William S. Burroughs turned the literary world on its ear with his "cut-up" style of writing. He simply chopped completed texts into pieces, mixed bunches of different texts together, then glued the results together into juxtaposed compositions. This often made for some interesting albeit convoluted reading. John Cage applied similar techniques to his writing and music composition in an attempt to free minds from following well-worn conceptual pathways. Mike Ladd's Negrophilia
follows in those footsteps to some degree; the music appears to be rather "chopped" and reorganized, although the lyrical content of this effort is quite linear and not terribly abstract.
As with Ladd's In What language (Pi, 2003), pianist Vijay Iyer plays a significant role in the overall feel of this music. Drummer Guillermo E. Brown provides a great deal of form and direction to the music, while it seems Ladd is the wordsmith and main architect of the cut-ups. Ladd's main strength as a leader lies in his ability to collaborate with such talented sidemen and provide them with the means to fully contribute in the formation of so much of this music. He has assembled a group of very strong improvisors who obviously are concerned with ensemble and compositional results.
This music is hip to the current directions of pop and rap, and it possesses a complex, multi-faceted emotional character that references Astro Black -era Sun Ra, middle period Funkadelic, and Don Byron's Tuskeegee Experiments (Elektra, 1990).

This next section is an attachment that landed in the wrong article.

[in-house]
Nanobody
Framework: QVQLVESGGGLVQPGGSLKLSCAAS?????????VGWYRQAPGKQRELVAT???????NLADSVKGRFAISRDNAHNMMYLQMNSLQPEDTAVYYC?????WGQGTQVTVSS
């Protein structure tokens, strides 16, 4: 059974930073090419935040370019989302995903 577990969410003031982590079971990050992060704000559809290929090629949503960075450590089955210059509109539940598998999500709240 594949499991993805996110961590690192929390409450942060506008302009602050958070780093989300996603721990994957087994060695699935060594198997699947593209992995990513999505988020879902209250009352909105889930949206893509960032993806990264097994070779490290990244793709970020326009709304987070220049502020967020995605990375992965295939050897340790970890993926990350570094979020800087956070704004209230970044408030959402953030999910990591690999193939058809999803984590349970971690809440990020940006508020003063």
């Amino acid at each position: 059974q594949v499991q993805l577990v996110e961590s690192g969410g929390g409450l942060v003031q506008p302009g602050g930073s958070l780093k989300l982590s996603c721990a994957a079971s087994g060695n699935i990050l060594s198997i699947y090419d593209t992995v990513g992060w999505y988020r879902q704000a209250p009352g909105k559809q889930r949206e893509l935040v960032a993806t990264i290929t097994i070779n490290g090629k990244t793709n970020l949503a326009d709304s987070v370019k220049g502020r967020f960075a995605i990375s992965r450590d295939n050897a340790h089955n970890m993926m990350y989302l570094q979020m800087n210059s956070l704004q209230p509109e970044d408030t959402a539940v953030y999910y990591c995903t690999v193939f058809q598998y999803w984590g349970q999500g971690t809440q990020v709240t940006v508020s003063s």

From a compositional point of reference, this music is quite strong. Brown's rhythmic pulses do much to bring this disc to life. By way of his keen sense of style and rich lexicon of rhythmic styles, he glues the most abstract portions of this musical stew together, transforming the disparate bits into a teeming, cohesive whole. Ladd and company have done a fine job of cutting, recontextualizing, and then reconstructing the various chunks of information they have to work with.
This music has a strong emotional qualityit's charged, dangerous, passionate, dispossessed, repossessed, stoned, and beautiful. It is a wonderful marriage of rage, discipline, intelligence, and flat-out funk (check the bassoon section of "Back At Ya"). This album represents yet another cultural step forward in the evolution of modern jazz. This is refreshing, vital music for a new generation of listeners, and of course, any older ears that are still open.
As a side note, the artwork used throughout this effort is superb and brings out another distinctive layer of information to an already information-rich work of art. Highly recommended.
Personnel: Andrew Lamb-winds; Roy Campbell-Trumpet; Vijay Iyer-piano, organ and synthesizer; Guillermo E.
Brown-drums and electronics; Bruce Grant-tape loops; Marguerite Ladd-sampled composition; Mike